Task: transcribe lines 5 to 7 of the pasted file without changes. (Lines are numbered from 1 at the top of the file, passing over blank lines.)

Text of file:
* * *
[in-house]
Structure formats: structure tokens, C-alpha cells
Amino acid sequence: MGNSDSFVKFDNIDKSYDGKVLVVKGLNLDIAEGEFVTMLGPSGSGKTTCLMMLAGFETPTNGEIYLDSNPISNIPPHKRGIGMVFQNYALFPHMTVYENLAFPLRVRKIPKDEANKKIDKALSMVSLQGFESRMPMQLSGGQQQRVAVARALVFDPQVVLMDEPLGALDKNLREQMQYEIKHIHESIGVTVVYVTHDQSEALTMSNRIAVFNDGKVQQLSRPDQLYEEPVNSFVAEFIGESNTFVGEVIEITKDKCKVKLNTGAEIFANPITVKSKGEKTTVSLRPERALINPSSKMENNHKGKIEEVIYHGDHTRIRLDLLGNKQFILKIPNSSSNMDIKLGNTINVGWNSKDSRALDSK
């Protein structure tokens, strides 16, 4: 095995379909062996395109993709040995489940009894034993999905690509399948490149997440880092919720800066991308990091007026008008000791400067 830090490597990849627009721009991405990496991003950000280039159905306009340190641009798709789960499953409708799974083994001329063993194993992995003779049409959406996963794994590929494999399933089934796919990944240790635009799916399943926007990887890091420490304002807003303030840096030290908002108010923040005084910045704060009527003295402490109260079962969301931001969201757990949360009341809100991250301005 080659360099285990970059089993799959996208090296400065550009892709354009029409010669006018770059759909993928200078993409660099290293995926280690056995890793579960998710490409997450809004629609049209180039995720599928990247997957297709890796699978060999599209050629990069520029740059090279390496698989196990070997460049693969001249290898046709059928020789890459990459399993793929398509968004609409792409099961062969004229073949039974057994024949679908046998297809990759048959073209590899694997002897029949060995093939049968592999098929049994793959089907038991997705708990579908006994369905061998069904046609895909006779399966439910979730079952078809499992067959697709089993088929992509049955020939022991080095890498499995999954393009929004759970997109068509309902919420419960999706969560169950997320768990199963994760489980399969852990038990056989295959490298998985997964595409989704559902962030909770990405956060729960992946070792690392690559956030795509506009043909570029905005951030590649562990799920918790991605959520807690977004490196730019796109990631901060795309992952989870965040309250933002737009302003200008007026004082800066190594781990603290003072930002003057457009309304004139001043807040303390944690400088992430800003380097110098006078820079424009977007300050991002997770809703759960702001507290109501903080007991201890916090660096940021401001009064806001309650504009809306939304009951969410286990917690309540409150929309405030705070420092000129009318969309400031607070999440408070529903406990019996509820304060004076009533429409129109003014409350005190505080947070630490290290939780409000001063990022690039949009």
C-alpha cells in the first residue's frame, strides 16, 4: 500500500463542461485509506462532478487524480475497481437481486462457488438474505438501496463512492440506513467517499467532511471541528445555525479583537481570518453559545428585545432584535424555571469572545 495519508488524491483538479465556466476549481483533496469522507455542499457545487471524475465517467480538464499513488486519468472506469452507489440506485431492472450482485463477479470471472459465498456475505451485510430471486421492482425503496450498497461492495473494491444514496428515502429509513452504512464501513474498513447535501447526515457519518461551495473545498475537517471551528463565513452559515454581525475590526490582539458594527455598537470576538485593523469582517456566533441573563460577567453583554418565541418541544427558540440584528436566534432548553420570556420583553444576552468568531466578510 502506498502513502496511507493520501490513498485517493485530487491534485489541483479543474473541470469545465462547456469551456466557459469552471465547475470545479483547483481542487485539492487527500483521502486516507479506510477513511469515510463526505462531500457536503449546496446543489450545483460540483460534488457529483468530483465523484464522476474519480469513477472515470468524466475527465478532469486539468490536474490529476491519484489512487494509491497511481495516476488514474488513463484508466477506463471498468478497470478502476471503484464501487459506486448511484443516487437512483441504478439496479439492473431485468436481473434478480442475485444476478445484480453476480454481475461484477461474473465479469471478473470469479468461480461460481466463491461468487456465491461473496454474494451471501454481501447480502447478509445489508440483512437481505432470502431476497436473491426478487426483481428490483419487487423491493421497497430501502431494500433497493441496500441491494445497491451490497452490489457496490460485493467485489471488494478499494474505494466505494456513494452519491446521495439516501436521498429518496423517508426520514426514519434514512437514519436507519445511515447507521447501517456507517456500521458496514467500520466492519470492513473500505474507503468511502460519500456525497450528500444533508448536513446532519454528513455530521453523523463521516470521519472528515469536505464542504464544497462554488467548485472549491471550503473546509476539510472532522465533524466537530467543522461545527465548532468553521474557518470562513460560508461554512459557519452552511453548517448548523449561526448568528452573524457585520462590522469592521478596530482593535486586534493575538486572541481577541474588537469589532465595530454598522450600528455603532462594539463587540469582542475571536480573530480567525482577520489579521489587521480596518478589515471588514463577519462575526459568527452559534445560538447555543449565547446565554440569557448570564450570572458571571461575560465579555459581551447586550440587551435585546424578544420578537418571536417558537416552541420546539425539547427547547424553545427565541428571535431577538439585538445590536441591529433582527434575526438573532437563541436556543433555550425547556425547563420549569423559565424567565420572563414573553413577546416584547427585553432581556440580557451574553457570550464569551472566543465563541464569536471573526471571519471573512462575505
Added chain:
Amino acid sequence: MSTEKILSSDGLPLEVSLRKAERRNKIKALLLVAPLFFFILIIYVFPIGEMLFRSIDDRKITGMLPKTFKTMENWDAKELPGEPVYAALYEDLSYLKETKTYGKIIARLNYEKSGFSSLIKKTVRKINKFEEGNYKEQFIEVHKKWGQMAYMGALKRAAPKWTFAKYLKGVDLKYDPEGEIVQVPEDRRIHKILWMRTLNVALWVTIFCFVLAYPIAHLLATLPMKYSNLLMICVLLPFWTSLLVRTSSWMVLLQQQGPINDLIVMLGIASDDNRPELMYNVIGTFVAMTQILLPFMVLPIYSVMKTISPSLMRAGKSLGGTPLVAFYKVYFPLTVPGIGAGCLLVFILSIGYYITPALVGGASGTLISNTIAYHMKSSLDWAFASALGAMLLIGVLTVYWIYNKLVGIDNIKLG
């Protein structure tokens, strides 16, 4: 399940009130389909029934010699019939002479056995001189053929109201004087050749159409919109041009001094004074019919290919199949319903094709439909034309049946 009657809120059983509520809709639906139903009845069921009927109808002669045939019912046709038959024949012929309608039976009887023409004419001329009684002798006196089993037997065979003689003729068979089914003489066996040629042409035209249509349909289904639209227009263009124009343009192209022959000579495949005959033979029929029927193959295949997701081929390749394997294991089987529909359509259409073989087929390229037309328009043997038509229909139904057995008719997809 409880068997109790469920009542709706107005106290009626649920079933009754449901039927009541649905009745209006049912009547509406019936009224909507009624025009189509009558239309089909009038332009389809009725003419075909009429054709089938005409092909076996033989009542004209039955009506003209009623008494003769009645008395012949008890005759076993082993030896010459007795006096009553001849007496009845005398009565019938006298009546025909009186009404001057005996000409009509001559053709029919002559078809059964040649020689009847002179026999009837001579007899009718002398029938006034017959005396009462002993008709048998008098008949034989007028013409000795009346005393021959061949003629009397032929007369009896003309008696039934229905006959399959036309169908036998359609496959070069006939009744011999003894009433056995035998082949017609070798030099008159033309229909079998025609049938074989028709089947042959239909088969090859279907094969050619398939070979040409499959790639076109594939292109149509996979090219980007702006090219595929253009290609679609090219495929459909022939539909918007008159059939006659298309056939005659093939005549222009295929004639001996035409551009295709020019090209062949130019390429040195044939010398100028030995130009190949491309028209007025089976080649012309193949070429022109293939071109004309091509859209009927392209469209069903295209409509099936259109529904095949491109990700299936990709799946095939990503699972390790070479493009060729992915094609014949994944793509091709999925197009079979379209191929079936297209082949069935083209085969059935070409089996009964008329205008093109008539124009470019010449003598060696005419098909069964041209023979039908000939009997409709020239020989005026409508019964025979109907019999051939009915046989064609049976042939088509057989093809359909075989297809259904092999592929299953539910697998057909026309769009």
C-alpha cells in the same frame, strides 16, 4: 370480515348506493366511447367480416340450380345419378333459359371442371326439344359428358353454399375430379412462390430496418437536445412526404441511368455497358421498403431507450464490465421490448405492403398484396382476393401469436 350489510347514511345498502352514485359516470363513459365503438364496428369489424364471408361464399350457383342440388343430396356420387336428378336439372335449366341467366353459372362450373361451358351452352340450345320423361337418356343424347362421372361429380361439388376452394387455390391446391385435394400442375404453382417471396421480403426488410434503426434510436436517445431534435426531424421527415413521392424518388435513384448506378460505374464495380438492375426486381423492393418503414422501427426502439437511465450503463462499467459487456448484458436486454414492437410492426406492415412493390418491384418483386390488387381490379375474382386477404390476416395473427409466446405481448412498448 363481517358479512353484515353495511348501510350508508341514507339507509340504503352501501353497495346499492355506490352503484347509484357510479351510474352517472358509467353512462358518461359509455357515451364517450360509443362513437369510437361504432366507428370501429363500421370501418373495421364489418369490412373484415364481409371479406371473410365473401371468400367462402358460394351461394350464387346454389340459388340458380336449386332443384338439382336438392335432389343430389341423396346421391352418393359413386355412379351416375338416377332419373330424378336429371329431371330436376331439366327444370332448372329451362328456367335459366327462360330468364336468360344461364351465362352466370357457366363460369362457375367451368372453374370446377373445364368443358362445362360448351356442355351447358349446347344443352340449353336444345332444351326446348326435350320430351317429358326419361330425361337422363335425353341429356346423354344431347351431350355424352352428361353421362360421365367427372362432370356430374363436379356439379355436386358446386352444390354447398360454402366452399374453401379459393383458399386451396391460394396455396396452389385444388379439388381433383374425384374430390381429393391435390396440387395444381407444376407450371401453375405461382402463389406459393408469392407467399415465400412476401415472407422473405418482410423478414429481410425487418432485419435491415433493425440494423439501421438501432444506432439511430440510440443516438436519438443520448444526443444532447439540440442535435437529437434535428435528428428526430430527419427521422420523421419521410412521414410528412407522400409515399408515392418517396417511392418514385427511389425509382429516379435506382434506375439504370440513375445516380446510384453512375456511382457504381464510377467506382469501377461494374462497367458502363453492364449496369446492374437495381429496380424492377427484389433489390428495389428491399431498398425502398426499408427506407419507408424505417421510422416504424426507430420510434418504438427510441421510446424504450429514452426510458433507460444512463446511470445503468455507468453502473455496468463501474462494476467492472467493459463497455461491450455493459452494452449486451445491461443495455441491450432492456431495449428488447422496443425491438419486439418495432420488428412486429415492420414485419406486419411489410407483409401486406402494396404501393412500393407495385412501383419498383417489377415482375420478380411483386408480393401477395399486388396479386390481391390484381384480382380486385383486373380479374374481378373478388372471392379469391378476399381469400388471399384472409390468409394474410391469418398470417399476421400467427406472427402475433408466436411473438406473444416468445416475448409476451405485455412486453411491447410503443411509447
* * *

C-alpha cells in the first residue's frame, strides 16, 4: 500500500463542461485509506462532478487524480475497481437481486462457488438474505438501496463512492440506513467517499467532511471541528445555525479583537481570518453559545428585545432584535424555571469572545 495519508488524491483538479465556466476549481483533496469522507455542499457545487471524475465517467480538464499513488486519468472506469452507489440506485431492472450482485463477479470471472459465498456475505451485510430471486421492482425503496450498497461492495473494491444514496428515502429509513452504512464501513474498513447535501447526515457519518461551495473545498475537517471551528463565513452559515454581525475590526490582539458594527455598537470576538485593523469582517456566533441573563460577567453583554418565541418541544427558540440584528436566534432548553420570556420583553444576552468568531466578510 502506498502513502496511507493520501490513498485517493485530487491534485489541483479543474473541470469545465462547456469551456466557459469552471465547475470545479483547483481542487485539492487527500483521502486516507479506510477513511469515510463526505462531500457536503449546496446543489450545483460540483460534488457529483468530483465523484464522476474519480469513477472515470468524466475527465478532469486539468490536474490529476491519484489512487494509491497511481495516476488514474488513463484508466477506463471498468478497470478502476471503484464501487459506486448511484443516487437512483441504478439496479439492473431485468436481473434478480442475485444476478445484480453476480454481475461484477461474473465479469471478473470469479468461480461460481466463491461468487456465491461473496454474494451471501454481501447480502447478509445489508440483512437481505432470502431476497436473491426478487426483481428490483419487487423491493421497497430501502431494500433497493441496500441491494445497491451490497452490489457496490460485493467485489471488494478499494474505494466505494456513494452519491446521495439516501436521498429518496423517508426520514426514519434514512437514519436507519445511515447507521447501517456507517456500521458496514467500520466492519470492513473500505474507503468511502460519500456525497450528500444533508448536513446532519454528513455530521453523523463521516470521519472528515469536505464542504464544497462554488467548485472549491471550503473546509476539510472532522465533524466537530467543522461545527465548532468553521474557518470562513460560508461554512459557519452552511453548517448548523449561526448568528452573524457585520462590522469592521478596530482593535486586534493575538486572541481577541474588537469589532465595530454598522450600528455603532462594539463587540469582542475571536480573530480567525482577520489579521489587521480596518478589515471588514463577519462575526459568527452559534445560538447555543449565547446565554440569557448570564450570572458571571461575560465579555459581551447586550440587551435585546424578544420578537418571536417558537416552541420546539425539547427547547424553545427565541428571535431577538439585538445590536441591529433582527434575526438573532437563541436556543433555550425547556425547563420549569423559565424567565420572563414573553413577546416584547427585553432581556440580557451574553457570550464569551472566543465563541464569536471573526471571519471573512462575505
Added chain:
Amino acid sequence: MSTEKILSSDGLPLEVSLRKAERRNKIKALLLVAPLFFFILIIYVFPIGEMLFRSIDDRKITGMLPKTFKTMENWDAKELPGEPVYAALYEDLSYLKETKTYGKIIARLNYEKSGFSSLIKKTVRKINKFEEGNYKEQFIEVHKKWGQMAYMGALKRAAPKWTFAKYLKGVDLKYDPEGEIVQVPEDRRIHKILWMRTLNVALWVTIFCFVLAYPIAHLLATLPMKYSNLLMICVLLPFWTSLLVRTSSWMVLLQQQGPINDLIVMLGIASDDNRPELMYNVIGTFVAMTQILLPFMVLPIYSVMKTISPSLMRAGKSLGGTPLVAFYKVYFPLTVPGIGAGCLLVFILSIGYYITPALVGGASGTLISNTIAYHMKSSLDWAFASALGAMLLIGVLTVYWIYNKLVGIDNIKLG